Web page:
Alexander Zverev not alone – emotional freaks in tennis pile up

BerlinFormer world-class tennis player Andy Roddick makes fun of it. The American took the fact that tennis professionals have embroidered quite recently, as an opportunity to shoot a short guide. The 39-year-old mischievously explains in a video how to throw a bat and hit a ball without getting into trouble. His little lesson has a dubious background. Eruptions become a constant theme.

The tennis stars as role models? This often does not apply to behavior at the moment. When it comes to victories, world rankings and prize money, some tantrums get out of control. In frustration, professionals even threatened referees and ball children. After the Olympic champion Alexander Zverev’s attack on the judge’s chair in Acapulco, the next events did not wait. The man from Hamburg is in the face of his exclusion on probation, despite early defeats in Indian Wells and Miami having to behave properly if he does not want to risk the forced break. Competitors, however, do not do the sport’s image any good, even at the Masters tournaments in the United States.

Nick Kyrgios receives a point and game penalty

In the quarterfinals in Miami, Nick Kyrgios got annoyed with referee Carlos Bernardes’ radio and raged so violently that he got a point penalty and then a game penalty when he lost to Italian Jannik Sinner. Even at a distance in the social networks, the Australian followed up against the acclaimed judge. The 26-year-old complained that the Brazilian was not good enough for important matches: “Get new people.”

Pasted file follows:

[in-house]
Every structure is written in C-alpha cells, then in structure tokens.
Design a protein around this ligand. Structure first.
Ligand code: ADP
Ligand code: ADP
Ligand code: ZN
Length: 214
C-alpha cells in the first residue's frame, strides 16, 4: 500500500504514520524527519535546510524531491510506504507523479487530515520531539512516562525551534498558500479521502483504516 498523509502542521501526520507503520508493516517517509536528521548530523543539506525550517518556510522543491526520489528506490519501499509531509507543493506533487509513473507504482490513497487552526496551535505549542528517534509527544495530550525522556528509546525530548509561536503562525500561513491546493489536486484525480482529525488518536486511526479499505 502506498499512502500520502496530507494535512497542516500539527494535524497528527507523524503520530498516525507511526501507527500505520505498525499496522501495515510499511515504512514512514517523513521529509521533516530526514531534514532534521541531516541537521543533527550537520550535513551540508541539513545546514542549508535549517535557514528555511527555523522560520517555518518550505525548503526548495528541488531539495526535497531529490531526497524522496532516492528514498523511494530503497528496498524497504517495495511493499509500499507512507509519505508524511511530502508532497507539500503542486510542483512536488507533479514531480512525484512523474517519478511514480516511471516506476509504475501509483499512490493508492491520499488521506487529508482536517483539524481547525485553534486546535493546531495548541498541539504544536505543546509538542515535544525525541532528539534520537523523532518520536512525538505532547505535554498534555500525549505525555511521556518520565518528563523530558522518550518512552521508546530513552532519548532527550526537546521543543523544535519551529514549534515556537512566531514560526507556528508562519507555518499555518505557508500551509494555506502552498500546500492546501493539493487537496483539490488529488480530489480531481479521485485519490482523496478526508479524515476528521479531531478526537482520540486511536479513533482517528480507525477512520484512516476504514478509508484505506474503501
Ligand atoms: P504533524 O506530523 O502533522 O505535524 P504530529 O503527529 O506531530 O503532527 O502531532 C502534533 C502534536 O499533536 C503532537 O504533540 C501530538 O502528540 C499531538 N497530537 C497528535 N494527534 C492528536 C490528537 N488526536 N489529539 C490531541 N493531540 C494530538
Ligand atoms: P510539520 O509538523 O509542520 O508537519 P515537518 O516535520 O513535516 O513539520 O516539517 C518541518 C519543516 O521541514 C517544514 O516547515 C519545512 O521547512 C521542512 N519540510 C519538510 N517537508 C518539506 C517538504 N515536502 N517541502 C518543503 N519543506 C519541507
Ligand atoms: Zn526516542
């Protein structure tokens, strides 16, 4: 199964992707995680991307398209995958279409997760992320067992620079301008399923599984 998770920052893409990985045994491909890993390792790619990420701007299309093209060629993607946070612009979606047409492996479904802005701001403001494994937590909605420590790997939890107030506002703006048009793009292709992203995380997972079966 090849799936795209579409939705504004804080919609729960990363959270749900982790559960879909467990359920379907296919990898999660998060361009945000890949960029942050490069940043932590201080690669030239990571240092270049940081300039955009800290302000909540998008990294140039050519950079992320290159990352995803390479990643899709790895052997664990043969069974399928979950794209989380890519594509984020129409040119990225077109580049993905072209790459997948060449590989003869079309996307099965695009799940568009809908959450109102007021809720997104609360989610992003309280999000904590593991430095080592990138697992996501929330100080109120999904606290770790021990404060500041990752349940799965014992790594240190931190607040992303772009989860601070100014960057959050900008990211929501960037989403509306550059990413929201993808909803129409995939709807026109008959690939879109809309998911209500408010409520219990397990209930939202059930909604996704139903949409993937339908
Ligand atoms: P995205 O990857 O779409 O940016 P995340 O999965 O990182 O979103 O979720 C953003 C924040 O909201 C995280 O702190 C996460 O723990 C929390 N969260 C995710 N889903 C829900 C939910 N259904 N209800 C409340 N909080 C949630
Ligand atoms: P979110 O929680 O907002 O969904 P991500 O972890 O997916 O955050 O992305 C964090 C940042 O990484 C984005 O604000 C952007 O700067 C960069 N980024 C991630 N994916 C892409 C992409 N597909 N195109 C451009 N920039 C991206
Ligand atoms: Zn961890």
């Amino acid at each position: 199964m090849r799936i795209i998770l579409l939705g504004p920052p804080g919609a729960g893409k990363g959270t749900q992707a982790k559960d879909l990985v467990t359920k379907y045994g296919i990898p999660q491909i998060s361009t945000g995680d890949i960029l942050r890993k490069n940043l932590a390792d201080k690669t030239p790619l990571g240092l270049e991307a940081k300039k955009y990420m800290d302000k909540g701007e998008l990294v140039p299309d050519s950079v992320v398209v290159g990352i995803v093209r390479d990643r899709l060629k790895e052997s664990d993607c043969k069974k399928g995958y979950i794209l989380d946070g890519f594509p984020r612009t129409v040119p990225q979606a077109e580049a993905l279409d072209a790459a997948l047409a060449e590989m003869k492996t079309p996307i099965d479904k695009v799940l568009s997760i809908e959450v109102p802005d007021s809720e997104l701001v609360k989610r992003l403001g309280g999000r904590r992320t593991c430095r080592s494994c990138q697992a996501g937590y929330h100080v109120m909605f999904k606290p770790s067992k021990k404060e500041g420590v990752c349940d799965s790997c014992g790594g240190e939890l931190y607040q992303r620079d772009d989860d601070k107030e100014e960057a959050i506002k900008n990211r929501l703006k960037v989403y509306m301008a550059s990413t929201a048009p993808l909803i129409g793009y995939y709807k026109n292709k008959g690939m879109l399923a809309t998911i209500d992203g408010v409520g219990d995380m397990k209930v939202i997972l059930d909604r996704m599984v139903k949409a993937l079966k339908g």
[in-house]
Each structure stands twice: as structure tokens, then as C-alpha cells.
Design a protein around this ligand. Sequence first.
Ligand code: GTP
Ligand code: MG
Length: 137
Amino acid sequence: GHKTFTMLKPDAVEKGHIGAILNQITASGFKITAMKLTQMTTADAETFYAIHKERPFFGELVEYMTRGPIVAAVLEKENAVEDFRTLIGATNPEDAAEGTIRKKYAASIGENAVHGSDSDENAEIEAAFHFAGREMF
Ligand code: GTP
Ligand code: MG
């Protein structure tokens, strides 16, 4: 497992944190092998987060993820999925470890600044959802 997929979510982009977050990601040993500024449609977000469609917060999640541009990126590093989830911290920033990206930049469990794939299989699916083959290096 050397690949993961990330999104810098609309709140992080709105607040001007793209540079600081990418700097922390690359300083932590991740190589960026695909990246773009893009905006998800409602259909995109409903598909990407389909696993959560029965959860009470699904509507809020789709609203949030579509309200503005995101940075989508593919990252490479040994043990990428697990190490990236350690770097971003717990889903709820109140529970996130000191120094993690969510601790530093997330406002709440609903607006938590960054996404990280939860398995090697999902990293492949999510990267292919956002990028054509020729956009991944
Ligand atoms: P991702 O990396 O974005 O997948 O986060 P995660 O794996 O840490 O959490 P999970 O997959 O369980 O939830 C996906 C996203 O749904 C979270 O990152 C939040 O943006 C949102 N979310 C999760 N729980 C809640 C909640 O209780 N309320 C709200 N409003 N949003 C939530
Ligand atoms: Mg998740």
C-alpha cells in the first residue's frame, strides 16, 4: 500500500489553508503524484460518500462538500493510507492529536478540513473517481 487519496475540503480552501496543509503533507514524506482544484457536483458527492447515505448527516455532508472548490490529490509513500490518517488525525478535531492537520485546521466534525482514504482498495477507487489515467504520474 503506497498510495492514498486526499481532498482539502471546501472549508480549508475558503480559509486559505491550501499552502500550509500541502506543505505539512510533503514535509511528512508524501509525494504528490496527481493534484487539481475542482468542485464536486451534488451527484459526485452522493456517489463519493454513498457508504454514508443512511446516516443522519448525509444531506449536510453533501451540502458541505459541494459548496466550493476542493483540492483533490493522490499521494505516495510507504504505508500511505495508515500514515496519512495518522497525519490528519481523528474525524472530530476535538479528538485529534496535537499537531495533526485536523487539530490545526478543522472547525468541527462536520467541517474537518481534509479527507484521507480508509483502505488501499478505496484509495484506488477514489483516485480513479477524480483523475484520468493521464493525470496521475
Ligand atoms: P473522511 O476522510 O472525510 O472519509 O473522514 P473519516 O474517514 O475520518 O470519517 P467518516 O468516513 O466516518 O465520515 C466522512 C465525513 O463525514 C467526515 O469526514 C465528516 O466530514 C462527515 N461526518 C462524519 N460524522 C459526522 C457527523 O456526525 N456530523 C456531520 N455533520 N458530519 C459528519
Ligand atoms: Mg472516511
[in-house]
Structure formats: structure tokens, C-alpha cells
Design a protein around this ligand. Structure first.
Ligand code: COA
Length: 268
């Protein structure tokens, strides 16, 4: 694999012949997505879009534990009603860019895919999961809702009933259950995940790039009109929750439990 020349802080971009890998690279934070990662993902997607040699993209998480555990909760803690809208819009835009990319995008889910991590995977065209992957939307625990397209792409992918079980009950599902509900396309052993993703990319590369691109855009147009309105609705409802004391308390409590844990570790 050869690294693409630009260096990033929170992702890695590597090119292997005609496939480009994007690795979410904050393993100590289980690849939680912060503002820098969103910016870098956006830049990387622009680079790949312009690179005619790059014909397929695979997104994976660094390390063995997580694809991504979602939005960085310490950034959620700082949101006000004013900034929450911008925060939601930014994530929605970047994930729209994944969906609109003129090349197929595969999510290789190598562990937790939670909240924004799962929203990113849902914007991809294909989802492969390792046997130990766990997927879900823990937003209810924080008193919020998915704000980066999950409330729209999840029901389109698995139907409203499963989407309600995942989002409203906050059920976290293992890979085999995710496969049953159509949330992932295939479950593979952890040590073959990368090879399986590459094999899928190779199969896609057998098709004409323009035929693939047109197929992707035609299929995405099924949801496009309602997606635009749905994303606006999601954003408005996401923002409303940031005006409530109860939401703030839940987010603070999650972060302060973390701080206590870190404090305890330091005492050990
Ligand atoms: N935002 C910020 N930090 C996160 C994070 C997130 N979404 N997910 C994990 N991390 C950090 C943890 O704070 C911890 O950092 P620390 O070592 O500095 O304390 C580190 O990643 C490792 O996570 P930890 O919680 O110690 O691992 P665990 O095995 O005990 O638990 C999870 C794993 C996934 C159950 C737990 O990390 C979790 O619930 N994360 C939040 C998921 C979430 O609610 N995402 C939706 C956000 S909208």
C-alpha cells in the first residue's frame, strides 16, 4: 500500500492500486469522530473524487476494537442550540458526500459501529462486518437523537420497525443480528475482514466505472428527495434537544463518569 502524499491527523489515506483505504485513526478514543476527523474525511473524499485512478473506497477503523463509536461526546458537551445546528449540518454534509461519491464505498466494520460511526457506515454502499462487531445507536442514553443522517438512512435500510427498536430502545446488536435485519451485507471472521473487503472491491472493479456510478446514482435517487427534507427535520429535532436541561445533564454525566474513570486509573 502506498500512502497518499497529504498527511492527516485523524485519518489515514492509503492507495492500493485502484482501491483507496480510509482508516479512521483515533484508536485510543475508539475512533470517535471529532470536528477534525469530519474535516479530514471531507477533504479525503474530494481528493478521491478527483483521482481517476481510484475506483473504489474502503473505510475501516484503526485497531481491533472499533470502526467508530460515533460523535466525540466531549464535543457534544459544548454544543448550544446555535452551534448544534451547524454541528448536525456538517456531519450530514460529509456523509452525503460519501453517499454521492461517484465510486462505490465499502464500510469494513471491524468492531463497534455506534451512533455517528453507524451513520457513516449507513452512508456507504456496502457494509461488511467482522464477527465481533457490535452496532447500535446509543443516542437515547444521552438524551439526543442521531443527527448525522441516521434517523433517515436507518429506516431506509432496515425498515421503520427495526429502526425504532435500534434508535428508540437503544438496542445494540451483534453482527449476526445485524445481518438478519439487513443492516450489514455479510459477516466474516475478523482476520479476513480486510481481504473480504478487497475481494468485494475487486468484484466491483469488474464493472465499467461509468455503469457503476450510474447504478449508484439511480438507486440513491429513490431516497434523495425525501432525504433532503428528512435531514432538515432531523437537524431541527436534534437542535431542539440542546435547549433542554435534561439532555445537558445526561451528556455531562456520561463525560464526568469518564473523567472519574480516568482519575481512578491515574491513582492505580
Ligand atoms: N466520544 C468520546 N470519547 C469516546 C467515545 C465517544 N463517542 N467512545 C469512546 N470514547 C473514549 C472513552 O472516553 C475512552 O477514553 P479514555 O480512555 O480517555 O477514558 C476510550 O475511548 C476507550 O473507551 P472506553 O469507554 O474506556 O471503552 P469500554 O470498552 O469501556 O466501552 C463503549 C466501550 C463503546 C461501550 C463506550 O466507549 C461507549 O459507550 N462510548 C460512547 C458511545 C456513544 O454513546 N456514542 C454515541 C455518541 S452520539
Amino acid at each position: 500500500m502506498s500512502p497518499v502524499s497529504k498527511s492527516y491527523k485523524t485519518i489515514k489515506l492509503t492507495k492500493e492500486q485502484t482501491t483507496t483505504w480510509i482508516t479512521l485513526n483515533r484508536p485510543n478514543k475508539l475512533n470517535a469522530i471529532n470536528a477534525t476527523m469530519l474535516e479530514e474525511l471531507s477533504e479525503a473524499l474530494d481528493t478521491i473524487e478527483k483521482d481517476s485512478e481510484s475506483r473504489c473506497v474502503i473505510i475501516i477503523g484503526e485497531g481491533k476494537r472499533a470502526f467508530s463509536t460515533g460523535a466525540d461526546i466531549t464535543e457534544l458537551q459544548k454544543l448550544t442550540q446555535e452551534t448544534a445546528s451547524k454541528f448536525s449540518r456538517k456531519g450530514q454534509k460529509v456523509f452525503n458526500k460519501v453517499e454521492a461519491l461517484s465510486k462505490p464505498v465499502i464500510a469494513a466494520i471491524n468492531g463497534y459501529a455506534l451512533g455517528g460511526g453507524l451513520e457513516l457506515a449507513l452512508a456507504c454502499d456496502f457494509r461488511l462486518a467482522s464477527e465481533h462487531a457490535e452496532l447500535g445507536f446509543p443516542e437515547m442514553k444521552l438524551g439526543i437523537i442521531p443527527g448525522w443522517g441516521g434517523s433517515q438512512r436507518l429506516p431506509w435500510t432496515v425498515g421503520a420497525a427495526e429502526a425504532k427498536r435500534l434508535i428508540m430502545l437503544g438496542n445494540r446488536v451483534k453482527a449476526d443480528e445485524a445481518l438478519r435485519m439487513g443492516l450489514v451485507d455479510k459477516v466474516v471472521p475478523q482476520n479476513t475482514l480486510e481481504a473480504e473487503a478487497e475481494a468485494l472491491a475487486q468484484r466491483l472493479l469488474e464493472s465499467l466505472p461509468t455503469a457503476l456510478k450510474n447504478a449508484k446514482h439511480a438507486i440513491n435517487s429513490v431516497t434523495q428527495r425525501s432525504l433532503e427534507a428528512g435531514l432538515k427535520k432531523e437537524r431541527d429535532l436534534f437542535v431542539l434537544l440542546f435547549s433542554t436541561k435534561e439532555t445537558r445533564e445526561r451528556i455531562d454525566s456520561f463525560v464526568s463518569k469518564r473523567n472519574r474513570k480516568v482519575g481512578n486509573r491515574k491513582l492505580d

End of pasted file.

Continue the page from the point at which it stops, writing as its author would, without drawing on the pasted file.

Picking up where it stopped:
Smashed rackets and quarrels against referees are nothing new on the tennis scene. Decades ago, American John McEnroe took on the role of a villain. His legendary saying: “You can not be serious”. In 2020, Serbian tennis star Novak Djokovic caused a scandal at the US Open when he accidentally hit a line judge with a shot ball and was disqualified.

At the moment, however, it is remarkably often discussed whether and how tennis professionals cross boundaries and how mildly they let go. Judges get a lot. At the Australian Open, for example, Russian US Open winner Daniil Medvedev asked the judge if he was stupid and called him a “little cat”. Canadian Denis Shapovalov accused the judge of being corrupt.

Zverev, who had previously attracted attention with smashed rackets, allowed himself to freak out in Acapulco, which he himself later described as “unacceptable.” After losing an insignificant double play, he repeatedly hit the referee’s chair with his racket, with the referee still sitting and almost hitting his foot. The consequences? The hamburger was disqualified for the individual. The professional organization ATP gave the top player, who can be a galleon figure in the sport, a fine and an eight-week quarantine only on conditional. Too little, some think.

The longtime number one for women, Serena Williams, sensed a double standard. Former world number one Mats Wilander said on Eurosport: “You sanction someone who behaves like that with a three- or six-month quarantine. In such a case, he must not play the most important tournaments on the calendar.” Australian Open champion Rafael Nadal was also in favor of tougher penalties because it protects the sport and the referees.

Jenson Brooksby meets a ball boy

It’s years since Kyrgios was ruled out for eight weeks. The ban was reduced to three weeks when he said yes to sports psychological treatment. He is known for his controversial behavior. In Indian Wells, he threw his racket so hard on the ground that it flew across the field in a high arc. A ball boy appeared. For fear of being hit. Kyrgios denied any intention. In Miami, American professional Jenson Brooksby threw his racket backwards, the ball boy had to jump to the side and was more easily hit. Was he disqualified? no He got a point penalty and won.

It was also these cases that led to Roddick’s little instructional film. One shoots a ball high in the air so as not to put anyone in serious danger, he suggests. Throw the racket flat on the ground with the front side down to hold it in place. Nor would it be ideal.

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